New grant money to ease cancer research

Sara Bertsch


 SDSU has recently received a research grant of $100,000 from the Board of Regents to acquire an in vivo imaging system. 

Last year, the BOR received an additional $1 million to work specifically with institutions said Paul Turman, Associate Vice President for Research and Economic Development in Pierre. 

The BOR received various proposals for the grant. The selection process was very competitive. The grant has two parts: collaboration and innovation. SDSU sent in proposals for both of these, but was only awarded 50 percent of the funds for the innovation grant. 

The principal investigator Hemachand Tummala, assistant professor in the pharmaceutical science department, formed the proposal for the innovation grant that was sent to the BOR. He worked on it for three months. His proposal was for SDSU to acquire an in-vivo imaging system that costs $200,000. 

“It will save time, save money and save animals,” Tummala said, “I’m very happy I got at least $100,000.” 

The system allows researchers to label and provide treatments to living organisms such as plants or mice instead of killing and dissecting the organisms. It provides multiple measurements and researchers are able to examine the living organisms. The system is only used for drug research. 

In vivo means alive or inside the body Tummala said. The system scans for fluorescent light, chemical luminance or infrared rays. Researchers can inject animals or plants with the certain chemical or chemical luminance and then place the animal in the machine. The machine then will do a scan for fluorescent light, chemical luminance and infrared rays. All of this can be done without killing the animal.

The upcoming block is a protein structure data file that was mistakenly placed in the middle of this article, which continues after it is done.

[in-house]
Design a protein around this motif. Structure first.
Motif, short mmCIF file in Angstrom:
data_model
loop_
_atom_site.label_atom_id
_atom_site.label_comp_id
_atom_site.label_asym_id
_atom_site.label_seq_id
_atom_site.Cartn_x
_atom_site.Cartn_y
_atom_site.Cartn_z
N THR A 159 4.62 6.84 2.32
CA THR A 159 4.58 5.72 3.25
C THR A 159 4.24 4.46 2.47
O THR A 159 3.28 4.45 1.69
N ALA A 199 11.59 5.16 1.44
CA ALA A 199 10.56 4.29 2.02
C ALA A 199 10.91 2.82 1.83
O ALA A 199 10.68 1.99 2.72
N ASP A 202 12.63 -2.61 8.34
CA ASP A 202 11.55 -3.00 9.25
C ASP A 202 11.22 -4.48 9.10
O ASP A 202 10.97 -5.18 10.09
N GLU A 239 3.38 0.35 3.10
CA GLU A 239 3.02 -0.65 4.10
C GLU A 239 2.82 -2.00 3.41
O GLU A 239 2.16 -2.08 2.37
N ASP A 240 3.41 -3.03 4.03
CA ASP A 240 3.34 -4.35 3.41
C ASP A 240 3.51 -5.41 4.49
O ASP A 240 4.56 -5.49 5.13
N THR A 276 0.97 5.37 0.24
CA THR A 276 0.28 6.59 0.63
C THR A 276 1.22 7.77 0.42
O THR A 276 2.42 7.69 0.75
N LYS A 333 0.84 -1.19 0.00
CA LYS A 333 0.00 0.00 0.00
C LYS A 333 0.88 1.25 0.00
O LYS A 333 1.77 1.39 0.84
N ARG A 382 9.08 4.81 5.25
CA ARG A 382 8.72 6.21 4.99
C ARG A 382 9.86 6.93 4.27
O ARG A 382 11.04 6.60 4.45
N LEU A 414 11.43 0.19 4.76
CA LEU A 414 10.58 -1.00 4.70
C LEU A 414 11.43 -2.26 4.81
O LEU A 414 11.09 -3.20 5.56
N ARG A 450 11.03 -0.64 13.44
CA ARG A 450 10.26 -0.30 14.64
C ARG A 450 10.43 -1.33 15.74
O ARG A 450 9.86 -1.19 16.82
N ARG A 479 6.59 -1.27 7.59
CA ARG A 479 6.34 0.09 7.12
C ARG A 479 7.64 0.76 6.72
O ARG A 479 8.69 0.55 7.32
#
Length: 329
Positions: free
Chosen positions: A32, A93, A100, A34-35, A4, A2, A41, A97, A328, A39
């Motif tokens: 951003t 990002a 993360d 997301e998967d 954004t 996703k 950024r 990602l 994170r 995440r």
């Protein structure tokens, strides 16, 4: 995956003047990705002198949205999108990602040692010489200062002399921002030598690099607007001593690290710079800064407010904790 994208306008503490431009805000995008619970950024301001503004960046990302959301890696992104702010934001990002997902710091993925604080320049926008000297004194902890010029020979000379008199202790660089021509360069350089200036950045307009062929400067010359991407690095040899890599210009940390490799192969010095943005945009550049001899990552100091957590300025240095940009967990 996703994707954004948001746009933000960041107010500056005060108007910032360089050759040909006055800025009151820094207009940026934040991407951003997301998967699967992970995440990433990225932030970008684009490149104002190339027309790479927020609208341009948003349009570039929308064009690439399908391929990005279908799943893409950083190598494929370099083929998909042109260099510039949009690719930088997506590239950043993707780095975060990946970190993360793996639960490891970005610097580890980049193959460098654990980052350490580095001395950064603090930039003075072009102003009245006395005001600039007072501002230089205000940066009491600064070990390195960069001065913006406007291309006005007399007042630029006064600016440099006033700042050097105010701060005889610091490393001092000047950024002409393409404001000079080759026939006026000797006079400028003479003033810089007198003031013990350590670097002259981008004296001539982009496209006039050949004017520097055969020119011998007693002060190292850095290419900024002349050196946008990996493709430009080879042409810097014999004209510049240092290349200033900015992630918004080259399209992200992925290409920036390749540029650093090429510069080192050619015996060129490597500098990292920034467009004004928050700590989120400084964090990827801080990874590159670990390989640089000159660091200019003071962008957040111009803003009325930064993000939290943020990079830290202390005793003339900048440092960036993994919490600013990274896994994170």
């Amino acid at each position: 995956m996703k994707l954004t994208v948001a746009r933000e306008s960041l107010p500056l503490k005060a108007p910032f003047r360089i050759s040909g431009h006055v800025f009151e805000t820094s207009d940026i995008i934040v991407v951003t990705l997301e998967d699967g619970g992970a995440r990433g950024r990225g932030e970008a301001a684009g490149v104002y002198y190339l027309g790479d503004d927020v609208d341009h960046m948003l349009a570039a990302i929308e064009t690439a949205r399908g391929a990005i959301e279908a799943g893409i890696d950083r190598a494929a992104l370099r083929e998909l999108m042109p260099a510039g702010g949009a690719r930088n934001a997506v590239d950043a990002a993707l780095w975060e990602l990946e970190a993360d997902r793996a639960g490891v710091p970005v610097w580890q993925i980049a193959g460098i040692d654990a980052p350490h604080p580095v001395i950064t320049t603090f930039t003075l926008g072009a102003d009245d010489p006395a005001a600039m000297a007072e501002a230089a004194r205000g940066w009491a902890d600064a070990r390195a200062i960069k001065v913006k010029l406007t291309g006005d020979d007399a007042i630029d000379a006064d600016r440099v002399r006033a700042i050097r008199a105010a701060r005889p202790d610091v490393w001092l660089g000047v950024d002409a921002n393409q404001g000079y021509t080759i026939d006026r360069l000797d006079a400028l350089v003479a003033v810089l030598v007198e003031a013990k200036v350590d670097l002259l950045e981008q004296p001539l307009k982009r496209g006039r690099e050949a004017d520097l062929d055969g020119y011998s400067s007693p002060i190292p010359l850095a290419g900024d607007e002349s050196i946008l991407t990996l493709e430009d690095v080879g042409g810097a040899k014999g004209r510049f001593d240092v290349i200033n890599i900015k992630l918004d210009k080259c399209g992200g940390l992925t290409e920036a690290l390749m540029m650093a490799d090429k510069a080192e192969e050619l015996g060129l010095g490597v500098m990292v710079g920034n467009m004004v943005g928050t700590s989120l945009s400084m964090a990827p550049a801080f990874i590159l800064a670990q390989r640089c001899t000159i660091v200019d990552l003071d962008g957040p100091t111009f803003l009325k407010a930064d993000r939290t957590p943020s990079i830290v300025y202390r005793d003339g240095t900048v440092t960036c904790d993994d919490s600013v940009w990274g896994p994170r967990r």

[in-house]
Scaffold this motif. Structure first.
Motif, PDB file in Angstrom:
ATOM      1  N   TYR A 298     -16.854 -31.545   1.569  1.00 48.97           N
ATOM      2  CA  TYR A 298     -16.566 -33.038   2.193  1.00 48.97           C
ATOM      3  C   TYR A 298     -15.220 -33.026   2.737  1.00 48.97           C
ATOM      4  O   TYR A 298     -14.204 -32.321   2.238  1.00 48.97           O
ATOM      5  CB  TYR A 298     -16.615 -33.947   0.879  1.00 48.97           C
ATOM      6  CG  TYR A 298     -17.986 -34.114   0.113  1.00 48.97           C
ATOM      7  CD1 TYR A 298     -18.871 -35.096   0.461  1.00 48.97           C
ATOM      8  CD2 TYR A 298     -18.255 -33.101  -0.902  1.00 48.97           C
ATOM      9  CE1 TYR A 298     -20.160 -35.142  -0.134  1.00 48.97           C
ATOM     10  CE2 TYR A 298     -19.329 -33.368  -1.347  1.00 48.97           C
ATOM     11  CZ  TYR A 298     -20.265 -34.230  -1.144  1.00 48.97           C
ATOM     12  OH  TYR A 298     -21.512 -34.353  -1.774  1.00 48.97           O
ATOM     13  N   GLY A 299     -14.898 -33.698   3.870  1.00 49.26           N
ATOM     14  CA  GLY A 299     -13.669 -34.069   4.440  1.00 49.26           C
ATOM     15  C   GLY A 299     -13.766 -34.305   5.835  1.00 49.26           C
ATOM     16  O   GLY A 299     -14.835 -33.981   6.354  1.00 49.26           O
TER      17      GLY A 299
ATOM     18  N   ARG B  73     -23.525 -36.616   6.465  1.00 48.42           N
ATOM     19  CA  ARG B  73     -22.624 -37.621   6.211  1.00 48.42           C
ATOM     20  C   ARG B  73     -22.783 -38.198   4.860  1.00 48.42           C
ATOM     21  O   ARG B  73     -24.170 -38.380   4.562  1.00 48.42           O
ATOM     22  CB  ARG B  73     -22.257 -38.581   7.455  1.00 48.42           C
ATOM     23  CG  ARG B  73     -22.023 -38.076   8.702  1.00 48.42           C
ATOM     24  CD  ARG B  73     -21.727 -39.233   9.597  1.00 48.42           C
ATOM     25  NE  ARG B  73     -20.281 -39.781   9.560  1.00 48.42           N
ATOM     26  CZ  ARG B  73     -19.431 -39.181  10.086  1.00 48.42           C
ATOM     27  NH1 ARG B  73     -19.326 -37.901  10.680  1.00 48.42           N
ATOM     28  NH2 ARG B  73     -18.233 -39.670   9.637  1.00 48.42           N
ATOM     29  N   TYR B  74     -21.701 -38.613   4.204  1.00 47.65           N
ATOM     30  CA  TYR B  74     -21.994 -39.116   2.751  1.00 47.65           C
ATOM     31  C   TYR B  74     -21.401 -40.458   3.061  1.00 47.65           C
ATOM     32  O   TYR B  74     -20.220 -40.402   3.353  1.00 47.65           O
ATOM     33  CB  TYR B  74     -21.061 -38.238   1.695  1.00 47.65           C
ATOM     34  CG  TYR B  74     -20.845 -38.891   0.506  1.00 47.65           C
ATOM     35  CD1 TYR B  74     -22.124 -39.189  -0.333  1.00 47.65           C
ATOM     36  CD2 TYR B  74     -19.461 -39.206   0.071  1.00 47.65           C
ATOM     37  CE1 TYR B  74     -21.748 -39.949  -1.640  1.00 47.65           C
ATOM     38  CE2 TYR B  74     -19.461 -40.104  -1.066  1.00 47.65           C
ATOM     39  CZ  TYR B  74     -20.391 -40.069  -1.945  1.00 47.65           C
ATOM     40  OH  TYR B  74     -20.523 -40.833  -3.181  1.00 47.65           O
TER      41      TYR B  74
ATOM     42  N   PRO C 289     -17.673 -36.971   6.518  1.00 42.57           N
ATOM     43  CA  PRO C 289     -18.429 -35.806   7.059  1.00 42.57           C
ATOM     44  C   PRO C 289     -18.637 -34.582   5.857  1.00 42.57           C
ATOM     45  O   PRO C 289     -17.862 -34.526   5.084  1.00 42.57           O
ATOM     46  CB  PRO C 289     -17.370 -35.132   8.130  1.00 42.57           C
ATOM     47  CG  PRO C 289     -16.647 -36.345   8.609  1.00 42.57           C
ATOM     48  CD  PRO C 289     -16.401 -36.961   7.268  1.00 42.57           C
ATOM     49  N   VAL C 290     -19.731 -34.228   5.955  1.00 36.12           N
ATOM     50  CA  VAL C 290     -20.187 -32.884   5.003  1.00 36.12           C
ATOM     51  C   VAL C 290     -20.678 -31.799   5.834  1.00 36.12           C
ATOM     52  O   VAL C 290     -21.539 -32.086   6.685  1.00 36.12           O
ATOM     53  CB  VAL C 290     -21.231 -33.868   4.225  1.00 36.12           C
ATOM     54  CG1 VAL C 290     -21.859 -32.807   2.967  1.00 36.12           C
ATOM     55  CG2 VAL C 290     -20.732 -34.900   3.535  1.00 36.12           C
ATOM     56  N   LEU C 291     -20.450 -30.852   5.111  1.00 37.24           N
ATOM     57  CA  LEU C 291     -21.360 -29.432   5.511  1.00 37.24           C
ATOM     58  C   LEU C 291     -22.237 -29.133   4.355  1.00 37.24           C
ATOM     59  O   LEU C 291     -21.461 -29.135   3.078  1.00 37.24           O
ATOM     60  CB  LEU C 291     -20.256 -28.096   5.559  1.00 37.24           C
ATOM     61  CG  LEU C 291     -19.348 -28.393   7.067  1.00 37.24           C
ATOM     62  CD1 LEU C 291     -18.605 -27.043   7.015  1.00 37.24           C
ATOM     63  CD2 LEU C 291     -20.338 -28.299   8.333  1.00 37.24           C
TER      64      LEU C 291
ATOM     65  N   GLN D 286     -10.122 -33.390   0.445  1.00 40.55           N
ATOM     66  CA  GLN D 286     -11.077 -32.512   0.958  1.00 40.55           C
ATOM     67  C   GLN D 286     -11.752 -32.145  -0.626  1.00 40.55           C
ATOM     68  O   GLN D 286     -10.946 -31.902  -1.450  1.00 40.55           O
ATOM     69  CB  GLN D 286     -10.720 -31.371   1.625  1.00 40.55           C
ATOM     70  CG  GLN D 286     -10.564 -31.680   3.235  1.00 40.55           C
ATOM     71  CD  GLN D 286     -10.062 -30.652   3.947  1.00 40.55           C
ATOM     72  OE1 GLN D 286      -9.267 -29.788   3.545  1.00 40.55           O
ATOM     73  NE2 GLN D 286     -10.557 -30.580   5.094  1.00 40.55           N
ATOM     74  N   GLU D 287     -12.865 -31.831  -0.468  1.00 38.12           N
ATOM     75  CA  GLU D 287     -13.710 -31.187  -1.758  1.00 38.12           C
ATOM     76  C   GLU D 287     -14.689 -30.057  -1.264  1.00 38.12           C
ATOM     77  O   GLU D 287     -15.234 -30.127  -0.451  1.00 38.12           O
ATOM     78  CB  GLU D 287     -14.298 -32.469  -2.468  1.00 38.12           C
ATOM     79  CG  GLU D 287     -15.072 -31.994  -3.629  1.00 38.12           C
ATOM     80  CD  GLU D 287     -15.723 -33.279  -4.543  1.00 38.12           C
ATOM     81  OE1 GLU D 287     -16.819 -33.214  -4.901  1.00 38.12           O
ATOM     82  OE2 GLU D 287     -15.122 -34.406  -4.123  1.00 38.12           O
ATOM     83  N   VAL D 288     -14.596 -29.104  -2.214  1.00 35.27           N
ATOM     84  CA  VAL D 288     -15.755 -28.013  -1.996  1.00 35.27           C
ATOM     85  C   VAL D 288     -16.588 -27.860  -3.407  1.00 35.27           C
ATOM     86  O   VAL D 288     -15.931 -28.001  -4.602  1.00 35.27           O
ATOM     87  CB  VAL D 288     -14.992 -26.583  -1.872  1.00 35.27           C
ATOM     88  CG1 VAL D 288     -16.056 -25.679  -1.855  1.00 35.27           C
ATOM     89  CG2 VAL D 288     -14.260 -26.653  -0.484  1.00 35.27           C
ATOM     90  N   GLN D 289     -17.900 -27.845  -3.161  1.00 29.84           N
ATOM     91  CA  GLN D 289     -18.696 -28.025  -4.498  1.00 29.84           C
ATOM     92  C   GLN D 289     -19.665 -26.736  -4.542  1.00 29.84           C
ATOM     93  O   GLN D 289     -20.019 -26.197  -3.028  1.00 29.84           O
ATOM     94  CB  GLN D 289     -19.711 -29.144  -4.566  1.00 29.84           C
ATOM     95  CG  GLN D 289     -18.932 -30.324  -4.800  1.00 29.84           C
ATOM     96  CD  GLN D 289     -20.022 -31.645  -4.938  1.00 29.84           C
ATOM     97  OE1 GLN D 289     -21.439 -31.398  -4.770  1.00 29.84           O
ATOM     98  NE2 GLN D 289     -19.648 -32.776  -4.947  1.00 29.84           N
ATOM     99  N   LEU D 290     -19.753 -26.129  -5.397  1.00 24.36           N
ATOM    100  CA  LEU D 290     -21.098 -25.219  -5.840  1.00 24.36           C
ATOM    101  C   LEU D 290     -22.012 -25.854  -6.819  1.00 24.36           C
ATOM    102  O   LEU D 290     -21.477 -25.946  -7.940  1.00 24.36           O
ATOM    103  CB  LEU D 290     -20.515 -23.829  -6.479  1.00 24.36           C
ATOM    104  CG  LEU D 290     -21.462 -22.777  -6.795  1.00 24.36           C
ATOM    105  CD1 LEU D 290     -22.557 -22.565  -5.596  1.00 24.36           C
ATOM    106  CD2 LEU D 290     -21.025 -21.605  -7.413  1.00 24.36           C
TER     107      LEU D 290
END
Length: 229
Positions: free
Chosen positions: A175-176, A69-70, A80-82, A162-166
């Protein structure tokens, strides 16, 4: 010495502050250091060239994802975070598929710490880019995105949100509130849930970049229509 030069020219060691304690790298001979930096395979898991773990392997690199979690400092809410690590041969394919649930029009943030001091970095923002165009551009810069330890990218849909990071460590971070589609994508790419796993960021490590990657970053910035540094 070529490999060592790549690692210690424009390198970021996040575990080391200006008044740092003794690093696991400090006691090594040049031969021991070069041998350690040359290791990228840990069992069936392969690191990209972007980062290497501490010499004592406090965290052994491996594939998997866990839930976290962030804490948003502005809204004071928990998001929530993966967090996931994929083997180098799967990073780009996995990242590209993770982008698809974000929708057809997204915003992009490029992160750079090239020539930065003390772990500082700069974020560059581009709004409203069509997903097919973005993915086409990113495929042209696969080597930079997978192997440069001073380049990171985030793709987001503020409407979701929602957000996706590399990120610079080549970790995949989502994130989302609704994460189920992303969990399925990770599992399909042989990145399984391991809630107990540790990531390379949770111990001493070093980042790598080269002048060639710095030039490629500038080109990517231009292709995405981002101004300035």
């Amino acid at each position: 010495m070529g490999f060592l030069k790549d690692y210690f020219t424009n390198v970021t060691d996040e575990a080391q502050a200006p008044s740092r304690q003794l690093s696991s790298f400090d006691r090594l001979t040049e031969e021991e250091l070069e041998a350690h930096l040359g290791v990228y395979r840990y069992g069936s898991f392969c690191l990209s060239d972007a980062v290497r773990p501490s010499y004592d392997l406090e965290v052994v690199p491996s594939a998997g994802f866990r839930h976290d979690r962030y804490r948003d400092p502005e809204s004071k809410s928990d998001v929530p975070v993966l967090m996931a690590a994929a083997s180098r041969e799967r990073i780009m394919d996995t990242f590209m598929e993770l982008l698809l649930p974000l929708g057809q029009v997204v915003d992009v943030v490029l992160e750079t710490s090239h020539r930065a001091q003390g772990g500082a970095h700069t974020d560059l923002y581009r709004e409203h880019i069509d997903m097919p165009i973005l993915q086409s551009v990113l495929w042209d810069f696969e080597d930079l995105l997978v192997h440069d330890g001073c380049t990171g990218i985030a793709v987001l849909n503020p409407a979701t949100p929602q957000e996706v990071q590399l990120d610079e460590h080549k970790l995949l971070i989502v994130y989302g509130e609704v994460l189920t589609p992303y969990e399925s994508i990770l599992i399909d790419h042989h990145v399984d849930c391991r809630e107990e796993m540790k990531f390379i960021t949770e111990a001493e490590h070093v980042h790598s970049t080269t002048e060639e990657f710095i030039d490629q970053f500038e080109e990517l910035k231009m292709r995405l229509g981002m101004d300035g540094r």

The in vivo imaging system also works like an X-ray machine. The machine’s main focus will be on cancer of any types. 

Tummala plans to share the system with many people. “My goal is to create a core central facility for everyone … We can generate some money to make sure the system is maintained … everyone in the department can access it.” 

Before the machine can be acquired the rest of the funds must first be acquired. The BOR only provided $100,000 and gave SDSU a deadline to the end of the next fiscal year to get the rest of the money, according to Kevin Kephart, Vice President of Research,“The state views us as an investment and opportunity to bring in 


 equipment to make us more competitive,” Kephart said.

If the money can’t be acquired by the deadline they hope to work with the BOR and see what other options are available, said Jim Doolittle, associate vice president. “We’ll cross that bridge when we come to it. We’d hate to give it back.”

Prior to sending in their proposal to the BOR, SDSU had to go through their own competitive selection process before choosing one. All proposals go through Kephart and his office, including Doolittle and associate deans from across campus.

Several faculty members created letters of intent which included a description in a few pages of their proposal. The proposals would then go through a screening process to find the ‘best of the best,’ according to Doolittle.

A total of 11 pre-proposals were submitted to Kephart and his office. After much consideration, Tummala’s proposal for the in vivo system was chosen. From there SDSU submitted it to the BOR where it was selected among many other proposals.

“The last couple of sessions we’ve been impressed with research across the state… We [BOR] are very supportive and we want to allow them to engage,” Turman said